Doctors are not entirely sure of the causes of ulcerative colitis but think it could involve:

  • genetics
  • an altered gut microbiome
  • abnormal immune reactions
  • environmental causes

Other types of colitis may have specific causes. For example, in pseudomembranous colitis, C difficile infection is usually the cause. However, inflammatory conditions, disruption to blood flow, and certain medications can contribute.


Gastroenteritis is an infectious illness that viruses, bacteria, or parasites can cause. Norovirus is usually the cause, but other viruses could be involved, including:

Doctors may recommend specific treatments for people with colitis and gastroenteritis.


Doctors treat colitis according to the cause. For example, ulcerative colitis may require medications to reduce inflammation, such as corticosteroids or immunosuppressants. However, if these medications do not successfully ease symptoms or the individual has complications, a doctor may recommend surgery to remove the colon and rectum.

Likewise, if someone has Crohn’s disease, doctors may prescribe medications to suppress their immune response. They may also recommend dietary changes, and surgery may become necessary if medications cannot control the symptoms.

If an individual has pseudomembranous colitis because of a C. difficile infection, doctors may prescribe antibiotics such as metronidazole, vancomycin, or fidaxomicin.


Treatment of viral gastroenteritis is much more straightforward, and many people recover without medical treatments. However, it is important to replace lost fluids and electrolytes if a person has severe diarrhea.

In some cases, adults may take some over-the-counter medicines to treat diarrhea due to viral gastroenteritis. People should speak with a doctor before taking these medications, especially if they are experiencing bloody diarrhea or fever.

Sometimes it is not possible to prevent a person from developing colitis.

However, people can help prevent infectious forms of colitis and viral gastroenteritis by following basic hygiene practices, including:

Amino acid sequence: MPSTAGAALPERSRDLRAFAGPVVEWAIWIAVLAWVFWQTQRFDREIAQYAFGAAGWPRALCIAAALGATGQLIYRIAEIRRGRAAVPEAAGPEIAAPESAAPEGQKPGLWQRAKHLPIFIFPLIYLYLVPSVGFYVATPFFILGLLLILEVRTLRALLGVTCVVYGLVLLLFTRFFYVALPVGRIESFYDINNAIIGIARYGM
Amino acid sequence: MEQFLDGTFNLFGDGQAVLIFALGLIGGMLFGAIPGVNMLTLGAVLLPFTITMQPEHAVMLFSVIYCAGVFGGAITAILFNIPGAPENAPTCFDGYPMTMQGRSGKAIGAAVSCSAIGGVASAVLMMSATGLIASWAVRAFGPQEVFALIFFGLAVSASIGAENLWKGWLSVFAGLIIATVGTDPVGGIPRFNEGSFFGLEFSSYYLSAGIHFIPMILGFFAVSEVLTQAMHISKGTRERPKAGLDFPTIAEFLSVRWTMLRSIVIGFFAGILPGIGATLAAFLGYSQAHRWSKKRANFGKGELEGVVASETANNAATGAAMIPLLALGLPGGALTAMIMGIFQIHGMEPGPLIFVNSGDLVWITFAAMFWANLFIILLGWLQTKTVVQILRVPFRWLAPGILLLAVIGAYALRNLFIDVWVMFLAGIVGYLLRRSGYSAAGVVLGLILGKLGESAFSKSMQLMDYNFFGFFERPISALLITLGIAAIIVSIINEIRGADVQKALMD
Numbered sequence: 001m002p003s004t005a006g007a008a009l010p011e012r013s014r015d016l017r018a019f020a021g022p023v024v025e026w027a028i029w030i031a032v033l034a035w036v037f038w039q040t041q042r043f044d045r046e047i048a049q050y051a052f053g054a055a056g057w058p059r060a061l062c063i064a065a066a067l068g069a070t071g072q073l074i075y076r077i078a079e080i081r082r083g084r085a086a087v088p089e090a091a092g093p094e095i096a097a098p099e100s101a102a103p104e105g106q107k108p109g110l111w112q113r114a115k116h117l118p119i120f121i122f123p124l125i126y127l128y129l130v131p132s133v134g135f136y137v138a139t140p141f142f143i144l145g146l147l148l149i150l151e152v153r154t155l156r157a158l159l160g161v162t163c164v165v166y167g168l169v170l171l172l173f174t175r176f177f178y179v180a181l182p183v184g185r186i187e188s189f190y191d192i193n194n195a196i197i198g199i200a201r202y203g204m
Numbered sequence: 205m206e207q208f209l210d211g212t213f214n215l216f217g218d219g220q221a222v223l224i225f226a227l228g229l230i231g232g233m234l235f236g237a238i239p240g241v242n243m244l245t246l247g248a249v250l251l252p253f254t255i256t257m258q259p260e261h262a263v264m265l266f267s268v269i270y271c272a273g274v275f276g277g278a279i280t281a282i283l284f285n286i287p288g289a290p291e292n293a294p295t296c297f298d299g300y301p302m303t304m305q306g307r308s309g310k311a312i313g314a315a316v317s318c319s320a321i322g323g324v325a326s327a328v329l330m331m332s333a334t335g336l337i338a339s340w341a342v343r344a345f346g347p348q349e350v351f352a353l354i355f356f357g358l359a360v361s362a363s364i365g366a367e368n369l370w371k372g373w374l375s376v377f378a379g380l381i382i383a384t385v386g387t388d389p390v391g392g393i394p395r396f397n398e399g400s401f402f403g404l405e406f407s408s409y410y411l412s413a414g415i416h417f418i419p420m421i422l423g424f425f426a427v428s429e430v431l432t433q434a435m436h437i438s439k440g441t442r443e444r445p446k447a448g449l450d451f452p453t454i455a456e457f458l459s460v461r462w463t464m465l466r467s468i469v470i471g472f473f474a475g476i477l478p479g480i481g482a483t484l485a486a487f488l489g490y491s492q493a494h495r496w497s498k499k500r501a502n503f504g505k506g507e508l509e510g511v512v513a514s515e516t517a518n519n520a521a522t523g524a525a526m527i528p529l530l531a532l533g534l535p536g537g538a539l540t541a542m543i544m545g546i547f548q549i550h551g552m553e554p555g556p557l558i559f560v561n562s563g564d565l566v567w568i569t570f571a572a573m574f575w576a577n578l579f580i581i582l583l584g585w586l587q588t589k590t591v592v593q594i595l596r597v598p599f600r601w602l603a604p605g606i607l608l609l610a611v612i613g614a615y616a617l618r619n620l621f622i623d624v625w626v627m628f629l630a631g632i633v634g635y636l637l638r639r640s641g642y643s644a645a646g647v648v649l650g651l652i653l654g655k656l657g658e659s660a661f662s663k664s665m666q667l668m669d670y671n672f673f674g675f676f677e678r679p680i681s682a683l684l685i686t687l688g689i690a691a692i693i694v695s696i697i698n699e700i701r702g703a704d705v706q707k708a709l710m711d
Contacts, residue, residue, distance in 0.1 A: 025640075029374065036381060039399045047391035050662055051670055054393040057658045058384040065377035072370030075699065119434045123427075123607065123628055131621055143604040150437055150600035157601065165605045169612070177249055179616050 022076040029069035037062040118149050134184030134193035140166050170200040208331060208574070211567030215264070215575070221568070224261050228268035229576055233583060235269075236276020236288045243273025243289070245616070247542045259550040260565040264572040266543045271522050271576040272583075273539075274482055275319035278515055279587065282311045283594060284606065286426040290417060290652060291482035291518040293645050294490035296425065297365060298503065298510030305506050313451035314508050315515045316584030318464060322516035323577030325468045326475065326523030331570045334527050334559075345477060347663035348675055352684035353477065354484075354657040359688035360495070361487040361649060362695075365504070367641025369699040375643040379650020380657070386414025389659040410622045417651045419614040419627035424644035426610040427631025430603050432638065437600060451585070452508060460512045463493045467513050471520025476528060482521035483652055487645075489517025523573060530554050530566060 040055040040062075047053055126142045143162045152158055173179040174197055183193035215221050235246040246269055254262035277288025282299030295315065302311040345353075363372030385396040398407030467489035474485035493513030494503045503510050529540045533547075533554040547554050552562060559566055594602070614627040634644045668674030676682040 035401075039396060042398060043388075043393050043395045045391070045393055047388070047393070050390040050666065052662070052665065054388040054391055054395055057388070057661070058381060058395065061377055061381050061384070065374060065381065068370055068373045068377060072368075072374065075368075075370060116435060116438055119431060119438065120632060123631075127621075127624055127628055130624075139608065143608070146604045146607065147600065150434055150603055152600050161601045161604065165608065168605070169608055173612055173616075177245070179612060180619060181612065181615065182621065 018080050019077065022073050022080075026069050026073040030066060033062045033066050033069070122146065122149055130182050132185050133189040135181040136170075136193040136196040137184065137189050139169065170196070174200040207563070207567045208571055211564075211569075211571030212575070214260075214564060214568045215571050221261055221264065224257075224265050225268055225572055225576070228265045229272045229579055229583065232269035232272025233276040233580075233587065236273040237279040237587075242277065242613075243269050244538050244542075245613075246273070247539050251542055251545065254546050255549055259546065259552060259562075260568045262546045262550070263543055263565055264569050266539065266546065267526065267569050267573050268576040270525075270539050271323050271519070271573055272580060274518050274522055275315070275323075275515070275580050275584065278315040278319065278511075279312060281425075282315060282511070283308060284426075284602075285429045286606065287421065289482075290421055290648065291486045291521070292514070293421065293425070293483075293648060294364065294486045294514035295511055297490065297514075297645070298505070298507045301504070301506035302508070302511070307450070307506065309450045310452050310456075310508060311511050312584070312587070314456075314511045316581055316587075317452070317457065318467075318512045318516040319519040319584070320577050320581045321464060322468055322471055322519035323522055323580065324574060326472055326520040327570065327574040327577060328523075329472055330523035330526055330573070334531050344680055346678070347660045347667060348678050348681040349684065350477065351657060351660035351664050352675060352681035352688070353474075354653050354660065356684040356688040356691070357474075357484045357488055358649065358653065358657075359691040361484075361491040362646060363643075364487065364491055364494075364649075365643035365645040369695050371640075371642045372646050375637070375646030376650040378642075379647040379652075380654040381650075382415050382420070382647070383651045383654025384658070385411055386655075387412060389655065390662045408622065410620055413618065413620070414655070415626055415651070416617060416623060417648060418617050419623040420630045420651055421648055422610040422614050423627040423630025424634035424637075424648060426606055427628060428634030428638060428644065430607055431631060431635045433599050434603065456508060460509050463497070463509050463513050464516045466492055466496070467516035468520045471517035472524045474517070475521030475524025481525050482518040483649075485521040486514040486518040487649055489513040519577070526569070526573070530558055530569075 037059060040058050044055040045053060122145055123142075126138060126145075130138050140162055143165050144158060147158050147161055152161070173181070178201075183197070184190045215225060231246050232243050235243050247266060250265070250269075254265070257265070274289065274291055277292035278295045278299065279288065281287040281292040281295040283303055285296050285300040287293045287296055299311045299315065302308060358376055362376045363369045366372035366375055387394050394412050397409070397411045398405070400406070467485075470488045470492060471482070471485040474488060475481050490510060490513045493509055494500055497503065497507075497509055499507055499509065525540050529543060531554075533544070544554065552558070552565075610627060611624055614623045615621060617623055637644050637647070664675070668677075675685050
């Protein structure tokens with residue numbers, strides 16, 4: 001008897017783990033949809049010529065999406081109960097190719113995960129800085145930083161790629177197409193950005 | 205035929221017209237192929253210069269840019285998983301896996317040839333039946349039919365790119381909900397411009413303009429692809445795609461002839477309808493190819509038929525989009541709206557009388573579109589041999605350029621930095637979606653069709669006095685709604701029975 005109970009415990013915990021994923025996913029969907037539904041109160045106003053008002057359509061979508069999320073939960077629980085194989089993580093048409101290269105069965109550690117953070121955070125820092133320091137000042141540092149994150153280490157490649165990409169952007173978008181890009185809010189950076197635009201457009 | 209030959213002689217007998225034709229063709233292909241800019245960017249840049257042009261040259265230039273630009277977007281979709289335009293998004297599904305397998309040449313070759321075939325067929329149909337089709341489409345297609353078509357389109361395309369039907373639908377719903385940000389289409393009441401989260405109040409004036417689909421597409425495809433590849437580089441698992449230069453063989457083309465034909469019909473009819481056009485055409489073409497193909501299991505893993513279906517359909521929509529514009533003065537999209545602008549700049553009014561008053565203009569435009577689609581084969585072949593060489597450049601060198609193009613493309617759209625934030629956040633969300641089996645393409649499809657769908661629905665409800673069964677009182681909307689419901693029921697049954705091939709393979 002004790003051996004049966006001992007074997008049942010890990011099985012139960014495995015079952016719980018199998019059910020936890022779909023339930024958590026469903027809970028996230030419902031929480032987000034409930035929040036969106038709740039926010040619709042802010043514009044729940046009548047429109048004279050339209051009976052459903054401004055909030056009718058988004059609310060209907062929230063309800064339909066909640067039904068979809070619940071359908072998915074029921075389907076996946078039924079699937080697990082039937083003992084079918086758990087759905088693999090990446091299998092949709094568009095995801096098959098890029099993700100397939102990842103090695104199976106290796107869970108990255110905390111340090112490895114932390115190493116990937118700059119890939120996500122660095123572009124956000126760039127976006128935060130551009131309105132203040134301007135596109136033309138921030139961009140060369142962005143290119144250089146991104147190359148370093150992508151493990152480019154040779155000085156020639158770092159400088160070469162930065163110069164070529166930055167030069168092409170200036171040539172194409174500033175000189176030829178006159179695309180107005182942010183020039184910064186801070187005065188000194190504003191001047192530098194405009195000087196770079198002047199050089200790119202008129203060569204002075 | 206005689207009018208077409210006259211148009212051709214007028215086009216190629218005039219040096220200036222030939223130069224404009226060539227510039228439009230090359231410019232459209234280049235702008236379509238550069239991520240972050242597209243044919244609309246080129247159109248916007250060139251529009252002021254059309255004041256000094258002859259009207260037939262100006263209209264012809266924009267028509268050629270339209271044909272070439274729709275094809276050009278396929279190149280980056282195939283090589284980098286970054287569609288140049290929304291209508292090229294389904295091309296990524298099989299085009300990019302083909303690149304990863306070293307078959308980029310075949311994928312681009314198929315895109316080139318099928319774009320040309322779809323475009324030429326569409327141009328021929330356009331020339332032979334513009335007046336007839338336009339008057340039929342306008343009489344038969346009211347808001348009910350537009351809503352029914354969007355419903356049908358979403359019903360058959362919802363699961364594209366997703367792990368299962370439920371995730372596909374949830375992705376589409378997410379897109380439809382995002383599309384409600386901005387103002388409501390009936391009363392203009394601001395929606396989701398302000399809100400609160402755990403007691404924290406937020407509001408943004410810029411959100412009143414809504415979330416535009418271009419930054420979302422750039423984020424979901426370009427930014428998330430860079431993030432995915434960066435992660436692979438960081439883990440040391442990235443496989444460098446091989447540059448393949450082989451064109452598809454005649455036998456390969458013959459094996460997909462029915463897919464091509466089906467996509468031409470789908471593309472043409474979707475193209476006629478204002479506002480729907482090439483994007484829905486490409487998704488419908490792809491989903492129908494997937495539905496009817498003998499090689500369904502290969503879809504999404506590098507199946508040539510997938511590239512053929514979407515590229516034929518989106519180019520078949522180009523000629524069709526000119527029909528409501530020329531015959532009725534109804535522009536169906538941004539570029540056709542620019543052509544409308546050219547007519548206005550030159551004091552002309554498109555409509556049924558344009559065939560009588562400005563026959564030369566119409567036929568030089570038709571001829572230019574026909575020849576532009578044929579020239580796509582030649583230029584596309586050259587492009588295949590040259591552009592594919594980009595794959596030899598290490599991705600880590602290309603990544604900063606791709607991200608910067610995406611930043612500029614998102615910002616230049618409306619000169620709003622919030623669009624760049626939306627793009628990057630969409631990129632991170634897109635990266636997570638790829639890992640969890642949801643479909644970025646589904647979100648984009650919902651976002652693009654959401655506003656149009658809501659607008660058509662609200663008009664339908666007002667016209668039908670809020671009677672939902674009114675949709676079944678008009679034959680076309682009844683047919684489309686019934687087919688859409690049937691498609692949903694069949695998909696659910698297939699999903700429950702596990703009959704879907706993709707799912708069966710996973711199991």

• washing the hands thoroughly with soap and water after using the bathroom or changing diapers and before handling food or visiting a healthcare facility
  • disinfecting bathroom and kitchen surfaces
  • using disposable gloves and washing hands after contact with someone who is ill
  • washing clothing or bedding of an ill person with soap and chlorine bleach

Any individual who develops diarrhea and has dehydration symptoms should seek medical attention immediately, as severe dehydration may require hospital treatment.

People with the following symptoms should also contact a doctor immediately:

  • diarrhea lasting more than 2 days
  • frequent vomiting
  • high fever
  • severe pain in the abdomen or rectum
  • black, tarry stools
  • stools with bright red blood or mucus
  • weakness or excessive fatigue

Older adults, pregnant people, and those with a weakened immune system or other health conditions should also seek their doctor’s advice if they have symptoms of colitis, gastroenteritis, or dehydration.

Gastroenteritis and colitis are two gastrointestinal disorders that can cause abdominal pain, diarrhea, and other symptoms. While these conditions share some similarities, they are not the same.

Gastroenteritis, or stomach flu, is an inflammation of the stomach and intestines that usually results from a viral or bacterial infection. It is typically an acute, short-lived problem. Prevention of gastroenteritis usually involves good hygiene practices.

Colitis refers to a group of conditions that involve inflammation of the colon and are usually chronic. Examples include ulcerative colitis and Crohn’s disease.

If a person experiences severe symptoms of either condition, it is important to contact a doctor right away.